Ornithology – requiem

This won’t be splattered over the front of the papers but this one hits hard. Pete Burden, Jazz saxophonist and living legend, living no more. Pete played bebop, the punk of the Jazz world, when it was new and played it throughout his life. Pete was a world class saxophonist, even if he didn’t bother with the world bit, people who were good enough to know how good he was knew, the rest could go fuck themselves. He played because he had to, he couldn’t not, he wasn’t at all precious about instruments, he would chop and change from the obscenely expensive to the everyday on a whim, still brilliant regardless. He would quote madly, throwing in bits of Coltrane, Parker and Dizzy and for some some reason which I never got to the bottom of, in an English country garden.

He had a wonderful economy of words. Saying much more with a look and a well targeted phrase than most, myself included could in a few paragraphs. I remember one conversation, if that is the word, I had with him about debilitating mental illness, of which we are / were sufferers of, his started at university whilst reading philosophy.

“That’s the trouble with knowing too much…. Sends you mad.” That was positively verbose for him. 

And boy did he suffer, long and hard. Going for monthly subcutaneous injections to keep him level(ish). He could easily have been famous without all that to deal with. He had the talent, skipped the fame bit, and headed straight into the descent into drugs. That said, he had a good life in lots of ways, he did what he loved almost to the end, arranging gigs and co-ordinating musicians from his hospital bed.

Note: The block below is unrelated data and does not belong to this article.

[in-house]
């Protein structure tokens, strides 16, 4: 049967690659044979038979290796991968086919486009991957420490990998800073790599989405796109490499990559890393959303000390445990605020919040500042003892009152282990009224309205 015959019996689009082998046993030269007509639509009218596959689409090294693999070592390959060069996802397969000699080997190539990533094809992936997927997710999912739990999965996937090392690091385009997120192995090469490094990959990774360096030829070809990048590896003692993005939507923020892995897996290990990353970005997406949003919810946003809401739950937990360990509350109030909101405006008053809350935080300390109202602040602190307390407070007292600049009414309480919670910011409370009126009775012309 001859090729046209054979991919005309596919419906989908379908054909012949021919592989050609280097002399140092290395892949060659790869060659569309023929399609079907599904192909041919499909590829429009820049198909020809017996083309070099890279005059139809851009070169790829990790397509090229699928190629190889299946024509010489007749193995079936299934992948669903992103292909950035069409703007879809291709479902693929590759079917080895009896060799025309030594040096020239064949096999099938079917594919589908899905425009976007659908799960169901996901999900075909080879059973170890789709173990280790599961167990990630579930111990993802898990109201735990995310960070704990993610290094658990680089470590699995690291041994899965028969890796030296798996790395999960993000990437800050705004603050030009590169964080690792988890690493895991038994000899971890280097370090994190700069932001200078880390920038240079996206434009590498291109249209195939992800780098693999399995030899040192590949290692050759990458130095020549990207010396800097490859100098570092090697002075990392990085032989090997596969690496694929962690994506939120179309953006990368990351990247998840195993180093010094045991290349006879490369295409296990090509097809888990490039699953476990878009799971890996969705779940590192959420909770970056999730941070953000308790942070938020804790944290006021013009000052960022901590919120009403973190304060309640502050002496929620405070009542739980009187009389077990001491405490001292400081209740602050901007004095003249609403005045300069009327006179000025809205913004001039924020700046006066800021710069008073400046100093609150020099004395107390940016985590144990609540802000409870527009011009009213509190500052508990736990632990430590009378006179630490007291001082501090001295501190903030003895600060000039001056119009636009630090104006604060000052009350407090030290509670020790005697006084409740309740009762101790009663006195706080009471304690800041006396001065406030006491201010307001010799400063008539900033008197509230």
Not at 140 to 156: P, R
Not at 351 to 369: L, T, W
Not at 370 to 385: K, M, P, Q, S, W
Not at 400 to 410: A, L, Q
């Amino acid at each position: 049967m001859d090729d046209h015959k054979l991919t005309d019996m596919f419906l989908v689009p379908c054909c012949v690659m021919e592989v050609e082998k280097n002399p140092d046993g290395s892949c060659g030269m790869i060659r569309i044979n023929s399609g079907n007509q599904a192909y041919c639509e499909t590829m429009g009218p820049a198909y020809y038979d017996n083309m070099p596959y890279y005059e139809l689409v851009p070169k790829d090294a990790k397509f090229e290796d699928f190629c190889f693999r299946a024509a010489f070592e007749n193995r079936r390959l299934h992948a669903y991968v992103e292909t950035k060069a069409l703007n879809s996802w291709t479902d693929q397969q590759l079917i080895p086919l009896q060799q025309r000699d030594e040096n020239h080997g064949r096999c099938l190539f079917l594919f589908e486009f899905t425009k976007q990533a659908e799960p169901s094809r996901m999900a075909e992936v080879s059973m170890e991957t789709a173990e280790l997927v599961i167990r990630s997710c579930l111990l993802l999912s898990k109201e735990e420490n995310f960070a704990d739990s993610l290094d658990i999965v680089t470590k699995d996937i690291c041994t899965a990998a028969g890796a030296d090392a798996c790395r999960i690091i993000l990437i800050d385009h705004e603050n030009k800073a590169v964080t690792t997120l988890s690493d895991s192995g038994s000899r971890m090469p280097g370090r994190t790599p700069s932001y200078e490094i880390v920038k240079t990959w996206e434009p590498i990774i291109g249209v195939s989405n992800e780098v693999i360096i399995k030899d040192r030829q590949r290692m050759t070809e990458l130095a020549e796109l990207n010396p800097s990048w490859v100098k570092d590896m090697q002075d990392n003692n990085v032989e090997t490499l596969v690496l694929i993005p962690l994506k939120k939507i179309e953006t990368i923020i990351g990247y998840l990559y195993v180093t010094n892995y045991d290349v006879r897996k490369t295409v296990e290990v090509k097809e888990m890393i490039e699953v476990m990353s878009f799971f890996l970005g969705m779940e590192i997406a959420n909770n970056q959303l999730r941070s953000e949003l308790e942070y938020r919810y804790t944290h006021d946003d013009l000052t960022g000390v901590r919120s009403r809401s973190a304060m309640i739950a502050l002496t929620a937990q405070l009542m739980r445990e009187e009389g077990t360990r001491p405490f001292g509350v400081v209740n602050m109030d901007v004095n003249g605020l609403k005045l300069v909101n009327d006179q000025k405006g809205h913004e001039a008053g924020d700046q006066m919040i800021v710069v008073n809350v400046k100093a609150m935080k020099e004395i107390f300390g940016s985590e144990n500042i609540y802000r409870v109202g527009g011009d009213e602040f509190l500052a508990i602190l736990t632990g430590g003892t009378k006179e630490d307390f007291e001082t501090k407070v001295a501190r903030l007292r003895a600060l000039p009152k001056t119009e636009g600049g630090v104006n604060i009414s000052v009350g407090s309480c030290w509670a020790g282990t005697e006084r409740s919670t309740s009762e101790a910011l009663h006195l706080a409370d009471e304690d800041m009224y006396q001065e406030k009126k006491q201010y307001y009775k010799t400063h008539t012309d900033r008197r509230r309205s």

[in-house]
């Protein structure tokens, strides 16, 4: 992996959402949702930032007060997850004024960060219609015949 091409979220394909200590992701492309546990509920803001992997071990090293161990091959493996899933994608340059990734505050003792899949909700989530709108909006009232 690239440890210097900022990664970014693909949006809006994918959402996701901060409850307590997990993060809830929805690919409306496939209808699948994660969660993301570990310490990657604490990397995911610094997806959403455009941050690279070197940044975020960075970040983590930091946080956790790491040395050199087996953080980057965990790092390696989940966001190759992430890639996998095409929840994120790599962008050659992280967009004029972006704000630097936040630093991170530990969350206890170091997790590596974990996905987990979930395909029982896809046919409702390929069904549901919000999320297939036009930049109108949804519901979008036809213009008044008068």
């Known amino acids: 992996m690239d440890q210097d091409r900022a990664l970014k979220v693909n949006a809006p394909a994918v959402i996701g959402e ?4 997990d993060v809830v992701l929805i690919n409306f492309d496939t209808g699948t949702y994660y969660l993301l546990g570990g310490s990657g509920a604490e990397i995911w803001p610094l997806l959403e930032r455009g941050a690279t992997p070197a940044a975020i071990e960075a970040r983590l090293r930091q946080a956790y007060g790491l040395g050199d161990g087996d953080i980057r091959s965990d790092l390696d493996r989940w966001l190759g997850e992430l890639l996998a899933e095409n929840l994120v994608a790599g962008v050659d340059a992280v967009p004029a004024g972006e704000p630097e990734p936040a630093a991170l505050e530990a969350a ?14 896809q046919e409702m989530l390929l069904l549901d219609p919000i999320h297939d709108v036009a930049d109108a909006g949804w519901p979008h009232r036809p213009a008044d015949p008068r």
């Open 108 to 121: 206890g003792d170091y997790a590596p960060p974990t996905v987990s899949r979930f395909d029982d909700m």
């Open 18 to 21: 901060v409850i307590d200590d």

Whenever I  saw him it was usually in one of two places, in Hastings sitting outside a cafe by the town’s big bargain store or in St Leonards where I live. He was always up to no good, doing some nefarious thing or other, or buying chips… One or the other. The last time we met I was walking past a local homeless shelter, it threw me for a second but I expect he was scoring blow. Pete always struck me as a cross between an old school gent and flash Harry from the St Trinians films.

Sadly, Pete is one of a dying breed. In jazz, being able to hit the right notes and getting a good tone is one thing, getting the feeling behind it is another. One will get you a passing career doing weddings and cruise ships, the other makes you a true jazzer.

Pete Burden, legend, sadly missed. 


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